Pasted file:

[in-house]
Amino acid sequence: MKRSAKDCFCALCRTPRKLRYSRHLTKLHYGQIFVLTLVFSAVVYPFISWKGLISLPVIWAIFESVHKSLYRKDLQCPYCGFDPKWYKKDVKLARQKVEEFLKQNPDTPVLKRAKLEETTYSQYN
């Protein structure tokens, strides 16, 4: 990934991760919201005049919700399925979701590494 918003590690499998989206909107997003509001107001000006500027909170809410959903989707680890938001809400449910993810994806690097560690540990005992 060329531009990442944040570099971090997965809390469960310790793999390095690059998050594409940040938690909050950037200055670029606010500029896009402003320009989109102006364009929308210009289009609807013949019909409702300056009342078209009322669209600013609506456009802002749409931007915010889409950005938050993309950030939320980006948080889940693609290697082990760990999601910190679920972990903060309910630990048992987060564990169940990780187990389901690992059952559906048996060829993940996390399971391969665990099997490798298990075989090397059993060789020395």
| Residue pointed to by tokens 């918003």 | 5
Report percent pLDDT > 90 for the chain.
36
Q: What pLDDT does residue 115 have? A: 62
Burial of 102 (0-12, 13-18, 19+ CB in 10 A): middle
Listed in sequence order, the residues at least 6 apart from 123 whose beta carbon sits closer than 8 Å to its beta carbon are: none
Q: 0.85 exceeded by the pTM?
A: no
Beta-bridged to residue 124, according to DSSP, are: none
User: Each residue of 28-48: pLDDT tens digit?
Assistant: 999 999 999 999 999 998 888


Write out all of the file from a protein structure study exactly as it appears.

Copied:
[in-house]
Amino acid sequence: MKRSAKDCFCALCRTPRKLRYSRHLTKLHYGQIFVLTLVFSAVVYPFISWKGLISLPVIWAIFESVHKSLYRKDLQCPYCGFDPKWYKKDVKLARQKVEEFLKQNPDTPVLKRAKLEETTYSQYN
């Protein structure tokens, strides 16, 4: 990934991760919201005049919700399925979701590494 918003590690499998989206909107997003509001107001000006500027909170809410959903989707680890938001809400449910993810994806690097560690540990005992 060329531009990442944040570099971090997965809390469960310790793999390095690059998050594409940040938690909050950037200055670029606010500029896009402003320009989109102006364009929308210009289009609807013949019909409702300056009342078209009322669209600013609506456009802002749409931007915010889409950005938050993309950030939320980006948080889940693609290697082990760990999601910190679920972990903060309910630990048992987060564990169940990780187990389901690992059952559906048996060829993940996390399971391969665990099997490798298990075989090397059993060789020395």
| Residue pointed to by tokens 């918003």 | 5
Report percent pLDDT > 90 for the chain.
36
Q: What pLDDT does residue 115 have? A: 62
Burial of 102 (0-12, 13-18, 19+ CB in 10 A): middle
Listed in sequence order, the residues at least 6 apart from 123 whose beta carbon sits closer than 8 Å to its beta carbon are: none
Q: 0.85 exceeded by the pTM?
A: no
Beta-bridged to residue 124, according to DSSP, are: none
User: Each residue of 28-48: pLDDT tens digit?
Assistant: 999 999 999 999 999 998 888